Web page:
In our build.fsx file, we added a simple call to run npm install to install and update our node.js packages, then run the build command from our package.json file.

That’s right, we’re not using Nuget here, but the node package manger instead as the Fable transcompiler is distributed as a node package and not a nuget package.

The build command from our package.json file simply runs the Fable transpiler.

The Fable transpiler reads the fableconfig.json file where we define our project file, tell it to run npm install before the build, and run webpack afterwards.

Nearly there! Finally our webpack.config.js file tells webpack to package the client.js output file from Fable as bundle.js. If you remember, this is the file our index.html is asking for when it gets served up to the browser.

Webpack can be used to not only bundle js files, but images, css, json, and the rest of the kit and kaboodle we need to run moder web apps.

Phew! So the configuration order to remember when building our client.fsproj web app is

build.fsx -> package.json -> fableconfig.json -> webpack.config.js

Like I said, there are a lot of files that you may not be familiar with, but I can attest after playing around with Redux and React, this is trivial in comparison!

Take a look at some of the “starter” templates for Redux and be prepared for your head to explode. Kapowee!

End to End F#

Now that we understand the build, all that’s left to do is take a look at our client.fs file to see how Arch implements the Elm Architecture.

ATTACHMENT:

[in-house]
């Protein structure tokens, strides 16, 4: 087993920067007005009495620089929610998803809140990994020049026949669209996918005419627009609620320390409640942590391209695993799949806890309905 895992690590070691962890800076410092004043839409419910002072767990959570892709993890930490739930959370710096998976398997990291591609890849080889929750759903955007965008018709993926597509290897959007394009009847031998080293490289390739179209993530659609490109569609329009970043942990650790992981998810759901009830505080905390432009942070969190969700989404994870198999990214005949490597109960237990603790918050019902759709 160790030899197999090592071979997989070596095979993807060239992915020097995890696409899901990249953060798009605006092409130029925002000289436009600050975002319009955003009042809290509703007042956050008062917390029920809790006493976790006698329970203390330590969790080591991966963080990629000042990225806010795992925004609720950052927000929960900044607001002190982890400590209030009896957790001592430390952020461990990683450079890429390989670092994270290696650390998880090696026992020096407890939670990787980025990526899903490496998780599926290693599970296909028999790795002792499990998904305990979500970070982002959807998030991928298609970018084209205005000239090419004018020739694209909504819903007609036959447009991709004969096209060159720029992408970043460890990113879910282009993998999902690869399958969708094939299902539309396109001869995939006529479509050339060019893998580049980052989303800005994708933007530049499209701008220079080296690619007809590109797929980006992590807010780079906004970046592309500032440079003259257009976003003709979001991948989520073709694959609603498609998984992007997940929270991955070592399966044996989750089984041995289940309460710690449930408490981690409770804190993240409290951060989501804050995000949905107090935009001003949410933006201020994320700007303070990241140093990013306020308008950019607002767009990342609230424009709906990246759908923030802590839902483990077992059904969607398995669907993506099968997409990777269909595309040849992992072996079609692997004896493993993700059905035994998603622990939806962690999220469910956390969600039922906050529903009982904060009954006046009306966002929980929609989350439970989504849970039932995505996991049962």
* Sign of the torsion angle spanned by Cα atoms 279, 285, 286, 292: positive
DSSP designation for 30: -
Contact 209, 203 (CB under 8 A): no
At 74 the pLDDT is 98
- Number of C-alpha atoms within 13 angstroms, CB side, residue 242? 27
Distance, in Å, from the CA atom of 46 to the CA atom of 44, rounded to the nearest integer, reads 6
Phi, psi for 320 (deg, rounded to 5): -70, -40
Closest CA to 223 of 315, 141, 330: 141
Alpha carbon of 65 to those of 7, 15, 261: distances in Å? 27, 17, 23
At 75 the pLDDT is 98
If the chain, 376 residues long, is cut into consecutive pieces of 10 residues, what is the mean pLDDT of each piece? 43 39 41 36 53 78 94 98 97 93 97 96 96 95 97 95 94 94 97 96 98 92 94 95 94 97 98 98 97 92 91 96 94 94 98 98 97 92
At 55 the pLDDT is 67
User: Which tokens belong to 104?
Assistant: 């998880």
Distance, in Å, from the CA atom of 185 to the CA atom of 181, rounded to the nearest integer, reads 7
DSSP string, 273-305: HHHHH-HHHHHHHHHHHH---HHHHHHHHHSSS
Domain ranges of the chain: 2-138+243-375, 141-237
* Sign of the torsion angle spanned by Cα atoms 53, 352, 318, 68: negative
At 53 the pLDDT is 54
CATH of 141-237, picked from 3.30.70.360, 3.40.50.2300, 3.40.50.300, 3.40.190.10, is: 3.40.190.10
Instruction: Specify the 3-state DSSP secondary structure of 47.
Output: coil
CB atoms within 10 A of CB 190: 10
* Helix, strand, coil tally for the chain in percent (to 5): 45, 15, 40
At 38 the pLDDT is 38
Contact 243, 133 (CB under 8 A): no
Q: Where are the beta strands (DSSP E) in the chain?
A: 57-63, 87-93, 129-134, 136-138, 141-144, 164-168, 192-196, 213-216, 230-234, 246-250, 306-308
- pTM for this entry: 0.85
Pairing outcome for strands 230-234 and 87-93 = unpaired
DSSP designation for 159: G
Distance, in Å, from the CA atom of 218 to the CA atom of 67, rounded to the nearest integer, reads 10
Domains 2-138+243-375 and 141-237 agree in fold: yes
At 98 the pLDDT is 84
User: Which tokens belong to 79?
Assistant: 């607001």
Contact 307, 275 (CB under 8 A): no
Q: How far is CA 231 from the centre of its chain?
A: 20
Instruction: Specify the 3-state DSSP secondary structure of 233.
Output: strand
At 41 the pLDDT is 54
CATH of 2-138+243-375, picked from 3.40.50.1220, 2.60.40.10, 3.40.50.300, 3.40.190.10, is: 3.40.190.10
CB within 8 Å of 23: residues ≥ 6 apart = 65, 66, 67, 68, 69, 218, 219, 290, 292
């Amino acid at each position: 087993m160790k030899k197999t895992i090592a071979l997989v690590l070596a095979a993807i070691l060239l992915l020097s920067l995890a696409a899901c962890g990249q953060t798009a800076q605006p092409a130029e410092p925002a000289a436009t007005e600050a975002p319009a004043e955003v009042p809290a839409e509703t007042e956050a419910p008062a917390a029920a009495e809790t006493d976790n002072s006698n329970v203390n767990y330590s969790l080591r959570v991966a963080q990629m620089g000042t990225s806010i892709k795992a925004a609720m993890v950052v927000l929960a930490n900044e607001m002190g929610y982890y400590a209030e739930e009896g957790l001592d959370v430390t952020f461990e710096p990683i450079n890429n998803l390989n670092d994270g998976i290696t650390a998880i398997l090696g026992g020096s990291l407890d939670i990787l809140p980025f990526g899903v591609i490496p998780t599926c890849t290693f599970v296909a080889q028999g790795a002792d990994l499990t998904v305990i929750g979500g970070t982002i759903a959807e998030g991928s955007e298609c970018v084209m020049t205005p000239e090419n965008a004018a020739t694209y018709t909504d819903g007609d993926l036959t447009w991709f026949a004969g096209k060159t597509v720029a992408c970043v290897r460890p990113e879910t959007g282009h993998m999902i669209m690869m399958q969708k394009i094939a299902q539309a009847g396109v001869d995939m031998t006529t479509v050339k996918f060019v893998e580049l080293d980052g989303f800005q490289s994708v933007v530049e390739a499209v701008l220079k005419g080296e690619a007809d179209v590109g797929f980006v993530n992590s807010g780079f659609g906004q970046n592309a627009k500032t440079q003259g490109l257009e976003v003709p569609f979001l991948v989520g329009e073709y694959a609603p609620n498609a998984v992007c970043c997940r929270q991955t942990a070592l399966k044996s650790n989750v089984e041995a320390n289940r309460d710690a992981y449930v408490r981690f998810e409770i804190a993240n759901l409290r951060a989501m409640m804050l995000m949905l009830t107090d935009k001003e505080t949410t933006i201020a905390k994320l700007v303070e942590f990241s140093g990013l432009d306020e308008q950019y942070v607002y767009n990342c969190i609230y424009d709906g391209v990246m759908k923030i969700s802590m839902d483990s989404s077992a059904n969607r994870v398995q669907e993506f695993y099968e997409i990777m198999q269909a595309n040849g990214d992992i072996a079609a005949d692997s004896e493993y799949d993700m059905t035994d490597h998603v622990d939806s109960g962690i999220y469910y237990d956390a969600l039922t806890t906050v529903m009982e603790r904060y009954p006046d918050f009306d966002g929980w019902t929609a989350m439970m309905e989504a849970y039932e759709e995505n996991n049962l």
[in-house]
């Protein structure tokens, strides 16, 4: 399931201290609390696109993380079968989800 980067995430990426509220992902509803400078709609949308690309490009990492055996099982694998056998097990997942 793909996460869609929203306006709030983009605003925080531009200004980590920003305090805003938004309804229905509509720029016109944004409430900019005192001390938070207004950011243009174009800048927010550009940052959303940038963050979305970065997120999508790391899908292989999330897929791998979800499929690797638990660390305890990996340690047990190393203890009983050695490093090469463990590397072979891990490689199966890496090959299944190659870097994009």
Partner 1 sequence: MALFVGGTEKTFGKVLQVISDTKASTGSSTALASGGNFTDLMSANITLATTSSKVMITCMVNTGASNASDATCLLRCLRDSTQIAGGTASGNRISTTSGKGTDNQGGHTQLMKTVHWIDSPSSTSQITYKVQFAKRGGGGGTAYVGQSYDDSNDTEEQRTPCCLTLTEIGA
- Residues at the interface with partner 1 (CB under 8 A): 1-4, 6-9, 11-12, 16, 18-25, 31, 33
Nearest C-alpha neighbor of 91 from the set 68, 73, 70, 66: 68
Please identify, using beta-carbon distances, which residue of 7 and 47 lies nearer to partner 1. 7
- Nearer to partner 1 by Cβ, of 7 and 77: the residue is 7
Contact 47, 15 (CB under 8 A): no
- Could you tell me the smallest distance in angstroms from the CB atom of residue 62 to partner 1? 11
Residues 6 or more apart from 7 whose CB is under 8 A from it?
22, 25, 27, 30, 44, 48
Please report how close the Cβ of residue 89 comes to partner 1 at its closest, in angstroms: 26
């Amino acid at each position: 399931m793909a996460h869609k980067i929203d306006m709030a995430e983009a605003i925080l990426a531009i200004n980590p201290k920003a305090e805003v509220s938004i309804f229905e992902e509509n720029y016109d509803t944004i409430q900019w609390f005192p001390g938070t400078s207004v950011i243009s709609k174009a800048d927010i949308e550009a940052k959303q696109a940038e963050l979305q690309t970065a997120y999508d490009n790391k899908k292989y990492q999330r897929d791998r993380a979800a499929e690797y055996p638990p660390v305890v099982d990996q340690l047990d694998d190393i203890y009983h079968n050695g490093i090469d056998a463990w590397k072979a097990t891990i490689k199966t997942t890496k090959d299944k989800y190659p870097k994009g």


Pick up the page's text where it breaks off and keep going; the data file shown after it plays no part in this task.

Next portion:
Arch is an emerging technology, it doesn’t even have a stable npm package yet, so we’ve simply compiled the master branch and added it to the my_modules directory for the time being. I’m sure there will be an npm package once it stabalizes and matures.

A quick note about the client.fsproj file. In order for Fable to transcompile your client.fs files correctly, the individual Arch .fs must be added to the project.

It is not enough to simply add a reference to Arch. This will work when compiling the .fsproj but Fable will not be able to transcompile your client.fs file.

And now the magic client.fs file itself.

If you know anything about Elm, you will notice how similar this is straight away.

  • Model — a simple string in this case
  • Update — the actions we pattern match on to update the state of our model
  • View — simple f# functions we know and love to generate the html.

Wrap Up

We just scratched the service of what we can do with Elm and we’ll build a more complete application next time.

For now, just wrap your head around using F# end to end for web applications.

We get a fully functional back end, all the functionality of the .Net runtime wrapped in the “server as a function” paradigm of Suave.

The Fable transpiler lets us write the F# we know and love in place of javascript for the client side.

Now combine the two using the natural functional web architecture of Elm and we’ve got a cutting edge web stack for the future.

Yeah, take that Asp.net and C#!